05 February 2019
Together with colleagues Kate Mytty and Libby McDonald, I'm co-teaching the Inclusive Economies seminar this Spring 2019 every Wed morning starting Feb 6th from 9:30-11:30a in N51-350, the D-Lab classroom area! We explore how innovations and market mechanisms can benefit humanity by rallying impact investments, engaging participants cooperatively, boosting equity and resilience, and broadening prosperity. We look at market mechanisms for maximizing participation, choice, and growth; impact investing approaches which are socially responsible and include metrics that matter; cooperative and mutual ownership structures for shared gains; equitable citizen participation in basic and natural resource wealth; and the role of new technologies and methods towards boosting affordability, accessibility, and overall inclusive prosperity.
25 January 2019
Richard B. Alley, Kerry A. Emanuel, Fuqing Zhang write in Science about Advances in weather prediction...
"In recent decades, advances in forecasting have been rapid, arising from improved observations and models, and better integration of these through data assimilation and related techniques. Investment in weather forecasting pays large dividends, ranging from 3 to 10 times the costs. [But] the developing world is especially vulnerable to weather disasters yet is underserved by forecasting."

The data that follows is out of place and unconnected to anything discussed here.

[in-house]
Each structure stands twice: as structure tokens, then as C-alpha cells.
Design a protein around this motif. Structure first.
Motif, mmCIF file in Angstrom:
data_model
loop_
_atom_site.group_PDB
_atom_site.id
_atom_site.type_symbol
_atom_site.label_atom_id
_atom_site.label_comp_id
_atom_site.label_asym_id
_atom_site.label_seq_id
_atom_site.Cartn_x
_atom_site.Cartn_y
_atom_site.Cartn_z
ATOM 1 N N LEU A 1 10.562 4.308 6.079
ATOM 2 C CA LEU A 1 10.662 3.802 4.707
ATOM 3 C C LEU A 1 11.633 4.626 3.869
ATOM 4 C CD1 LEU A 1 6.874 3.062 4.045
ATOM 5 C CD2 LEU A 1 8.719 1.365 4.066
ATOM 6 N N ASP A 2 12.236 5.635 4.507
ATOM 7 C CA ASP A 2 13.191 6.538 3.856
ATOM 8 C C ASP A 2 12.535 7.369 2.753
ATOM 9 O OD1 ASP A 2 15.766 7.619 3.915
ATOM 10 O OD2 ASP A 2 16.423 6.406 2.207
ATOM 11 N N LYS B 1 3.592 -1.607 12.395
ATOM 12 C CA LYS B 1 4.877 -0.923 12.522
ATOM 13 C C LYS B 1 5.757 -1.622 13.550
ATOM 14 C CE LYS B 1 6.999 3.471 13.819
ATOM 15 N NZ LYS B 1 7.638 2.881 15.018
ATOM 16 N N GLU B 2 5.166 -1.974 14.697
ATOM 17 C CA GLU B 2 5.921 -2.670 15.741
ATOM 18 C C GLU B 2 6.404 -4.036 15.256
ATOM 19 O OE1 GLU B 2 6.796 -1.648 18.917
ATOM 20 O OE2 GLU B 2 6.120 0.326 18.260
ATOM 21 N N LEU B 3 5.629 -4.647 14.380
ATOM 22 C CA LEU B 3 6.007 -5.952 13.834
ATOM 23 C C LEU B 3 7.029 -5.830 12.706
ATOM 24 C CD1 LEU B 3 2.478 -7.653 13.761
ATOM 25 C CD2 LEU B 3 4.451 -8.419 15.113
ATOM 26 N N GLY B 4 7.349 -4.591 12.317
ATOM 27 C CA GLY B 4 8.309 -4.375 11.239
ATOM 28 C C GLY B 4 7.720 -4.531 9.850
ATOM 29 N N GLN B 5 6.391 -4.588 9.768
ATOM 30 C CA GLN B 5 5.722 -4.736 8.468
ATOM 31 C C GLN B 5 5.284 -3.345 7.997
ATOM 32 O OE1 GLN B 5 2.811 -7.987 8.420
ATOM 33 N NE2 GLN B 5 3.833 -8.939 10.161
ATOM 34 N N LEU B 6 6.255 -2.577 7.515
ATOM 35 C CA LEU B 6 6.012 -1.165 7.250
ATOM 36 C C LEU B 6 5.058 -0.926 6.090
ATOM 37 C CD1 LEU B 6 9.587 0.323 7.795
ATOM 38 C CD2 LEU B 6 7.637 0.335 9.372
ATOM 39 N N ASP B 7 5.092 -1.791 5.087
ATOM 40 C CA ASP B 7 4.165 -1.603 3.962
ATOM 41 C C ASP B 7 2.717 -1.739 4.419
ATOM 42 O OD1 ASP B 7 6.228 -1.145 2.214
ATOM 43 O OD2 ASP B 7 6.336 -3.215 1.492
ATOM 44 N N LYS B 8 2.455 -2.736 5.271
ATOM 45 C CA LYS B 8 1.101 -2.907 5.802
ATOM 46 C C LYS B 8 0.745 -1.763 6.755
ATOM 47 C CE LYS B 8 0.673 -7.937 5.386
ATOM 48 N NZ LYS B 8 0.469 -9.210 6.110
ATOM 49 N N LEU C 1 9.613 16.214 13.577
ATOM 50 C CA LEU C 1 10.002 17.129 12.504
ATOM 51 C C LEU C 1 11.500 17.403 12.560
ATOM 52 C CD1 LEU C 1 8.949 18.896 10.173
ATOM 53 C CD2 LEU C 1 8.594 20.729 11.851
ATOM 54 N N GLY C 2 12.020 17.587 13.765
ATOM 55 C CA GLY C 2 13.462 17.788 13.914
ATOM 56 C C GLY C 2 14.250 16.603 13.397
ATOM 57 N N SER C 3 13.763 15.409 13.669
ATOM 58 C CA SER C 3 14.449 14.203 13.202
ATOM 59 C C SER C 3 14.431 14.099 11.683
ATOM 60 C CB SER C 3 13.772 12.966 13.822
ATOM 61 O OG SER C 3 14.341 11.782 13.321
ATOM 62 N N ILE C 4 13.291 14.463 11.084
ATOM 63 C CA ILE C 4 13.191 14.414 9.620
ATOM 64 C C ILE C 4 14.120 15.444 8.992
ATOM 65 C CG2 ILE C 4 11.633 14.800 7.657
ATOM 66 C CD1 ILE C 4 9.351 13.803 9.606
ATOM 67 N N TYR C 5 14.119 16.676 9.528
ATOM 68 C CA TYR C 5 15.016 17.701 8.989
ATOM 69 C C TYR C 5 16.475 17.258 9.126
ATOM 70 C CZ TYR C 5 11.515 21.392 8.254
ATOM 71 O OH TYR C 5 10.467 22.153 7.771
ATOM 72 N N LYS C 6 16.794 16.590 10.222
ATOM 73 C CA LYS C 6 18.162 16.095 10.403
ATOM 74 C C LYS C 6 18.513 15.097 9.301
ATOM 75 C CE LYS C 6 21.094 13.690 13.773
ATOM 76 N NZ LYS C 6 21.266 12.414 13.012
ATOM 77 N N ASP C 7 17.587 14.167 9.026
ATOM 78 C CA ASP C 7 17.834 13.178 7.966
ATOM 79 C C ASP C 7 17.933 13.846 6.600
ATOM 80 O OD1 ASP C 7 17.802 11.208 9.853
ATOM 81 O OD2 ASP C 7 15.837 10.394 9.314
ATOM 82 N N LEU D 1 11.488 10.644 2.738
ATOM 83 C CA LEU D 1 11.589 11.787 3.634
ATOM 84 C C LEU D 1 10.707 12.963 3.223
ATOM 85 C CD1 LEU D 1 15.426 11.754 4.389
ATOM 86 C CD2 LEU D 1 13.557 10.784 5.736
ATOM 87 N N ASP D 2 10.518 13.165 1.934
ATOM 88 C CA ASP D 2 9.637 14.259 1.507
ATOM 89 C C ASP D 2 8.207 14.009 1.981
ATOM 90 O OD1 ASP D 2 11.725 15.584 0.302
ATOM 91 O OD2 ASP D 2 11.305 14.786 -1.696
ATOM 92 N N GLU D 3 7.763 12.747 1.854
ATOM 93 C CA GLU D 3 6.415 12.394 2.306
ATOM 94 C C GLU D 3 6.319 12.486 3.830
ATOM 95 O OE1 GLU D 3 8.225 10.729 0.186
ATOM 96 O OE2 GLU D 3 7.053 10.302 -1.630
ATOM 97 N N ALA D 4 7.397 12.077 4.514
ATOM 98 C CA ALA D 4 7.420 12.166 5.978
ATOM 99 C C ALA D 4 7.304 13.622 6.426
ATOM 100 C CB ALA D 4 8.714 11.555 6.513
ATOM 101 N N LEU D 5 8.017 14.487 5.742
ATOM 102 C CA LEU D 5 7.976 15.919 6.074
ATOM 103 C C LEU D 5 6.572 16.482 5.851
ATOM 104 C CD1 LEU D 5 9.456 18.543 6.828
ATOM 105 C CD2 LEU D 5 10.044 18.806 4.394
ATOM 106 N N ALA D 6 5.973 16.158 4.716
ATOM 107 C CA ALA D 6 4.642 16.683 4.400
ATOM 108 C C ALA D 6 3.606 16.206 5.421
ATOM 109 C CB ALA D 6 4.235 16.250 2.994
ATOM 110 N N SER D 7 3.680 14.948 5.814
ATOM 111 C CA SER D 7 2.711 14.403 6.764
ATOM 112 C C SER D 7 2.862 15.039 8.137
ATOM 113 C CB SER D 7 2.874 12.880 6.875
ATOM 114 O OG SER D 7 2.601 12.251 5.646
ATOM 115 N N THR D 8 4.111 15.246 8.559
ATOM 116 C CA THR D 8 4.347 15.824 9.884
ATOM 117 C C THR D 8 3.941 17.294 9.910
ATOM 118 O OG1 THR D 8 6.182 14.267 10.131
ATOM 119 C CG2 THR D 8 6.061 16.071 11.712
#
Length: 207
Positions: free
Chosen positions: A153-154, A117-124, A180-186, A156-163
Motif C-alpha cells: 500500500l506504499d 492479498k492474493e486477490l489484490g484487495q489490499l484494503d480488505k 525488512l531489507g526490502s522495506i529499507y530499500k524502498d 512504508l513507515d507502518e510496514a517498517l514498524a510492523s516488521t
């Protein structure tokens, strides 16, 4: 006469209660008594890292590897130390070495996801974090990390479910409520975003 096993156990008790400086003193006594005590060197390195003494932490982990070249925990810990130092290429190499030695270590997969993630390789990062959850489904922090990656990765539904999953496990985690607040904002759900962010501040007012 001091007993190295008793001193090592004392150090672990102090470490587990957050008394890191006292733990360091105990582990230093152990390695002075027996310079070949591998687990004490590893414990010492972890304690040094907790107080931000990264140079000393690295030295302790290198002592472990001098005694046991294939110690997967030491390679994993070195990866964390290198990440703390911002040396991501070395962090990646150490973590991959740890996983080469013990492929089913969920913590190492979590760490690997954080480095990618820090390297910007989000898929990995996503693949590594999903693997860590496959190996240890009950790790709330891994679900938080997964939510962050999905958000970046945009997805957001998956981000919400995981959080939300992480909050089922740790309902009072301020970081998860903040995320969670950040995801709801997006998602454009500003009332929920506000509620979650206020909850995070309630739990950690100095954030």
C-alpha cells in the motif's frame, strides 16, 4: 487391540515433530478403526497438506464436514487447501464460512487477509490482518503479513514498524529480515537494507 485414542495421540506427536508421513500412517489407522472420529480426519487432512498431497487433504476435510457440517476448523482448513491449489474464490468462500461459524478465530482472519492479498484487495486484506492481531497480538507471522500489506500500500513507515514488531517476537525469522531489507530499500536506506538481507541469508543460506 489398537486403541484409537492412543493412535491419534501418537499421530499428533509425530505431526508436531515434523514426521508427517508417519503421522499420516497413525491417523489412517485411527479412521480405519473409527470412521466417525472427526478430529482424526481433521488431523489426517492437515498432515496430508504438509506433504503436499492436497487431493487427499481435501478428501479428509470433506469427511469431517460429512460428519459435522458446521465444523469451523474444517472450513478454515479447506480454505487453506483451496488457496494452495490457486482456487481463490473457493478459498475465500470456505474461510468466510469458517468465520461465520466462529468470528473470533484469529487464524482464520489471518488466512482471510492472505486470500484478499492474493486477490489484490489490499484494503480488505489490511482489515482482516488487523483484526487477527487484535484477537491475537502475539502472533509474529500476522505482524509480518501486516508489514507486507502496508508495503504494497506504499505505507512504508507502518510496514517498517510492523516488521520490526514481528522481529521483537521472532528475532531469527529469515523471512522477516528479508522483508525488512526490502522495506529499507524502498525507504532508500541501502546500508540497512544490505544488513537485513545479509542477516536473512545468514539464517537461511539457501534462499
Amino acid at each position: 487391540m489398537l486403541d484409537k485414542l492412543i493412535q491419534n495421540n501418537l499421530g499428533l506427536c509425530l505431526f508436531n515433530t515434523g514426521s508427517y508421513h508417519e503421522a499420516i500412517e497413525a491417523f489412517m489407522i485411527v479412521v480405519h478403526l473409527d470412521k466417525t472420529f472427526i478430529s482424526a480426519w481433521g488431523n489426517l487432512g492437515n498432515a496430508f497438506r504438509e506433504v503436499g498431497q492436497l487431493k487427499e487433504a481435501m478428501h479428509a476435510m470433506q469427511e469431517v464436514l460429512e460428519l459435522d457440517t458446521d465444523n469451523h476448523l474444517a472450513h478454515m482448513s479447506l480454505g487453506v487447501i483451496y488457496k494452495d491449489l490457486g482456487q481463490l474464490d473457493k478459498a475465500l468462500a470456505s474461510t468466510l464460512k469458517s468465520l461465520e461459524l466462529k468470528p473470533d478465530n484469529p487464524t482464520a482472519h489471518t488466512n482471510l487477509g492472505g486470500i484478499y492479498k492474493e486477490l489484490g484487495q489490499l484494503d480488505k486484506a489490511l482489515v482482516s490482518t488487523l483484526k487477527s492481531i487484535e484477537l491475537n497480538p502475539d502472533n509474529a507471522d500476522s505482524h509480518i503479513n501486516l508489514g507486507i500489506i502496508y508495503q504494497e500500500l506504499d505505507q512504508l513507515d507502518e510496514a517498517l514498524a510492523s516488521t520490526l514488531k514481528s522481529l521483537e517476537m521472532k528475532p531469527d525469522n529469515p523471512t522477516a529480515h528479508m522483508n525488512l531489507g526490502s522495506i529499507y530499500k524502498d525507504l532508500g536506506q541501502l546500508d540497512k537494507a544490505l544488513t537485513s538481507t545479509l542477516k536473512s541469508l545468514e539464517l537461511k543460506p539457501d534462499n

14 January 2019
09 January 2019
Roberto Stefan Foa and Yascha Mounk in The Signs of Deconsolidation in the Journal of Democracy share evidence of a global pattern of disaffection with democratic systems...
"Americans’ dissatisfaction with the democratic system is part of a much larger global pattern. It is not just that the proportion of Americans who state that it is “essential” to live in a democracy, which stands at 72 percent among those born before World War II, has fallen to 30 percent among millennials. It is also that [...] a similar cohort pattern is found across all longstanding democracies, including Great Britain, the Netherlands, Sweden, Australia, and New Zealand. In virtually all cases, the generation gap is striking, with the proportion of younger citizens who believe it is essential to live in a democracy falling to a minority."
"What is more, this disaffection with the democratic form of government is accompanied by a wider skepticism toward liberal institutions. Citizens are growing more disaffected with established political parties, representative institutions, and minority rights. Tellingly, they are also increasingly open to authoritarian interpretations of democracy. The share of citizens who approve of “having a strong leader who does not have to bother with parliament or elections,” for example, has gone up markedly in most of the countries where the World Values Survey asked the question -- including such varied places as Germany, the United States, Spain, Turkey, and Russia"